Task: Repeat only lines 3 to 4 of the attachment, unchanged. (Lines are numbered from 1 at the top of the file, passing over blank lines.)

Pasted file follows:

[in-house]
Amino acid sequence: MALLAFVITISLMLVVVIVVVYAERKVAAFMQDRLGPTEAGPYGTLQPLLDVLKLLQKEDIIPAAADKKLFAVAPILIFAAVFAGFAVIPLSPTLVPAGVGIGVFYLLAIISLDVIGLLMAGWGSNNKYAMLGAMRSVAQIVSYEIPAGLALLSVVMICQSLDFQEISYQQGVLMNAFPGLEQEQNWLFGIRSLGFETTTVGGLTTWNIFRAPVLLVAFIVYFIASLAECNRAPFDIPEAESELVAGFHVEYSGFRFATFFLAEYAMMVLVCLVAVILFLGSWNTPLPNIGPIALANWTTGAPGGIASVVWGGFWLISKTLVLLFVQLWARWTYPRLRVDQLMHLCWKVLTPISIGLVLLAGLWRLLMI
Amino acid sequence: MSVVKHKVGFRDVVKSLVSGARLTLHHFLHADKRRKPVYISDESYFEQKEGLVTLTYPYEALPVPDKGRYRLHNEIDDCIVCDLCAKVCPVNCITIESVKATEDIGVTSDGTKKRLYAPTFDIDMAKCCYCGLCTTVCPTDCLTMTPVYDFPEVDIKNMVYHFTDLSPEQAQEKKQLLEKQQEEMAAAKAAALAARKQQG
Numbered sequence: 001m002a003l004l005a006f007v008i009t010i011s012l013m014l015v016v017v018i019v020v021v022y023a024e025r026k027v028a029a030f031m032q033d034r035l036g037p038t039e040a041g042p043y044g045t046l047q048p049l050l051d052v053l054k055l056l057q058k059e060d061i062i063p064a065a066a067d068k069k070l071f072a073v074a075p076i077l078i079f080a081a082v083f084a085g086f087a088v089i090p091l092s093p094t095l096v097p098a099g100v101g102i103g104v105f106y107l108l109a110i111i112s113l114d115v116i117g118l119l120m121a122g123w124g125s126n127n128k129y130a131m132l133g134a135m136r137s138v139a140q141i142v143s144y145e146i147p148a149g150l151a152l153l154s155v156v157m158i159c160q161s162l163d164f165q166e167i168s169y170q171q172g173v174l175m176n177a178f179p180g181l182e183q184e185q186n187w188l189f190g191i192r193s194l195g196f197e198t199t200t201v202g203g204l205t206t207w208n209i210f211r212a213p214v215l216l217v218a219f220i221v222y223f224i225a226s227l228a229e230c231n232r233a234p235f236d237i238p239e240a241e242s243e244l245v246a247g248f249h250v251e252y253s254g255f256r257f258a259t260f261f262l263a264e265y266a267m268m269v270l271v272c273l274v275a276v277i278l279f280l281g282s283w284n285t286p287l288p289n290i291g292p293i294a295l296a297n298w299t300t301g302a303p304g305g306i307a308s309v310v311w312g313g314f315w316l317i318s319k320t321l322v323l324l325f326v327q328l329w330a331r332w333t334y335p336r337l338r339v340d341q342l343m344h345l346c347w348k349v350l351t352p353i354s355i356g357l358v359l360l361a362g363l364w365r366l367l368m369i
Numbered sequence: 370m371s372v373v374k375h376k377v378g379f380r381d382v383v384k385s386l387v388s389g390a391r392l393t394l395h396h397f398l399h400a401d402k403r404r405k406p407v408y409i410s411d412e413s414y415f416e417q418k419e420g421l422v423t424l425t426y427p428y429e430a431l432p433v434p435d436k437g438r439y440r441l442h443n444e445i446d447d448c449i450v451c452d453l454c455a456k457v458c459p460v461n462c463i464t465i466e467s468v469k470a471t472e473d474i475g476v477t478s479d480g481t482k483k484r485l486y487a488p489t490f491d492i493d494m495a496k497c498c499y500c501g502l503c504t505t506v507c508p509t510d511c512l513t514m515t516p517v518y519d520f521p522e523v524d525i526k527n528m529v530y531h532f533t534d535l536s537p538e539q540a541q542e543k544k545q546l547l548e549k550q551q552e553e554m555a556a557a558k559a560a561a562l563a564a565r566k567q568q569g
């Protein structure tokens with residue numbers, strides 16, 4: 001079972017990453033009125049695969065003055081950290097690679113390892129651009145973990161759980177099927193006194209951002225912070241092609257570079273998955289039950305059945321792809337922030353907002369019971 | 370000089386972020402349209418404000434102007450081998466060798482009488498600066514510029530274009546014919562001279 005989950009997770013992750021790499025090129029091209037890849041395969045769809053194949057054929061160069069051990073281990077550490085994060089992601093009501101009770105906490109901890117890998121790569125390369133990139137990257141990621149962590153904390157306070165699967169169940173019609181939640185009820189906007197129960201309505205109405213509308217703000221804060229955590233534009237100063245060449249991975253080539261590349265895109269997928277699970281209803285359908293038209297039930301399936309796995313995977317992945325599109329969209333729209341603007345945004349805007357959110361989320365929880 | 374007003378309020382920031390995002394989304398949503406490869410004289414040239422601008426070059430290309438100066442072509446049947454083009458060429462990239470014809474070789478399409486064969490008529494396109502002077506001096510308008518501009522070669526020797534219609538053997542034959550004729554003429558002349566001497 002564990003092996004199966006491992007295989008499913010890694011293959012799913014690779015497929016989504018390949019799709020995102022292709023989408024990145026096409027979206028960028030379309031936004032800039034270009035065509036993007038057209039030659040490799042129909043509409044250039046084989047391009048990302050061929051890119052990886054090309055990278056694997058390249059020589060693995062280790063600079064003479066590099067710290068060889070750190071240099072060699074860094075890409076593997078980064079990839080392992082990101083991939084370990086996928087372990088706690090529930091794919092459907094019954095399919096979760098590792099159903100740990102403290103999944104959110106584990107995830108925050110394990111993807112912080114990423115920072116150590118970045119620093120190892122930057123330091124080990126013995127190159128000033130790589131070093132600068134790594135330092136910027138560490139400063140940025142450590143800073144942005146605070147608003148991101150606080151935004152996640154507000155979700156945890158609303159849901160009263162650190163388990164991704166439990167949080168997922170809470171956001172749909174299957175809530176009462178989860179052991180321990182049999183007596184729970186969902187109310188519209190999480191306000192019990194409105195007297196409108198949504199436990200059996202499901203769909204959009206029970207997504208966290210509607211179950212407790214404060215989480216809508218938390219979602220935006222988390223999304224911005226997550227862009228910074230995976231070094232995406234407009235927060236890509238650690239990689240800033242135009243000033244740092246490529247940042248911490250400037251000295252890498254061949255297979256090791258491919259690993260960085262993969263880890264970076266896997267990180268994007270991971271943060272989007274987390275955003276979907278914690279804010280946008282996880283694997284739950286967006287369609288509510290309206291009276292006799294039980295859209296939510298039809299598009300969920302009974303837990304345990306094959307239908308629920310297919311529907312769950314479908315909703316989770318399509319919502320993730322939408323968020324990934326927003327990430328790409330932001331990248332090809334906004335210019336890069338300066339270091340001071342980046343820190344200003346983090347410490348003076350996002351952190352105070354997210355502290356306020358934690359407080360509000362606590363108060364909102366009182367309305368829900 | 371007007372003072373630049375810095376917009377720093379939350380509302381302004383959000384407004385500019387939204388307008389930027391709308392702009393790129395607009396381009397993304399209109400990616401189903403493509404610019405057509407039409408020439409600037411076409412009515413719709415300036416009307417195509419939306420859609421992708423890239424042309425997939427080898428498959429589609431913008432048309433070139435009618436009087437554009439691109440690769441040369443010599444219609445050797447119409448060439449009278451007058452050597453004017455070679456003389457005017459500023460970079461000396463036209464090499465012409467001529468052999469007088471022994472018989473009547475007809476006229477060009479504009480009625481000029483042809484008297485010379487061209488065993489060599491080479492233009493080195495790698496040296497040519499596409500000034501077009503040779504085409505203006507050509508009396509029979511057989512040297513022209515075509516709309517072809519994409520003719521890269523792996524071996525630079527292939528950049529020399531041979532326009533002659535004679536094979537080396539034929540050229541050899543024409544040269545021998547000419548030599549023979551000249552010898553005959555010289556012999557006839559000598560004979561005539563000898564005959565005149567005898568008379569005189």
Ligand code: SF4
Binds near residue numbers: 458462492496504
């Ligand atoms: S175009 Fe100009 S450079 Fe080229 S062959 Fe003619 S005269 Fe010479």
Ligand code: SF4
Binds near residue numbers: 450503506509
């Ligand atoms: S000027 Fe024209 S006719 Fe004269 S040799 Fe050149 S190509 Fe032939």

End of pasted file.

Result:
Amino acid sequence: MSVVKHKVGFRDVVKSLVSGARLTLHHFLHADKRRKPVYISDESYFEQKEGLVTLTYPYEALPVPDKGRYRLHNEIDDCIVCDLCAKVCPVNCITIESVKATEDIGVTSDGTKKRLYAPTFDIDMAKCCYCGLCTTVCPTDCLTMTPVYDFPEVDIKNMVYHFTDLSPEQAQEKKQLLEKQQEEMAAAKAAALAARKQQG
Numbered sequence: 001m002a003l004l005a006f007v008i009t010i011s012l013m014l015v016v017v018i019v020v021v022y023a024e025r026k027v028a029a030f031m032q033d034r035l036g037p038t039e040a041g042p043y044g045t046l047q048p049l050l051d052v053l054k055l056l057q058k059e060d061i062i063p064a065a066a067d068k069k070l071f072a073v074a075p076i077l078i079f080a081a082v083f084a085g086f087a088v089i090p091l092s093p094t095l096v097p098a099g100v101g102i103g104v105f106y107l108l109a110i111i112s113l114d115v116i117g118l119l120m121a122g123w124g125s126n127n128k129y130a131m132l133g134a135m136r137s138v139a140q141i142v143s144y145e146i147p148a149g150l151a152l153l154s155v156v157m158i159c160q161s162l163d164f165q166e167i168s169y170q171q172g173v174l175m176n177a178f179p180g181l182e183q184e185q186n187w188l189f190g191i192r193s194l195g196f197e198t199t200t201v202g203g204l205t206t207w208n209i210f211r212a213p214v215l216l217v218a219f220i221v222y223f224i225a226s227l228a229e230c231n232r233a234p235f236d237i238p239e240a241e242s243e244l245v246a247g248f249h250v251e252y253s254g255f256r257f258a259t260f261f262l263a264e265y266a267m268m269v270l271v272c273l274v275a276v277i278l279f280l281g282s283w284n285t286p287l288p289n290i291g292p293i294a295l296a297n298w299t300t301g302a303p304g305g306i307a308s309v310v311w312g313g314f315w316l317i318s319k320t321l322v323l324l325f326v327q328l329w330a331r332w333t334y335p336r337l338r339v340d341q342l343m344h345l346c347w348k349v350l351t352p353i354s355i356g357l358v359l360l361a362g363l364w365r366l367l368m369i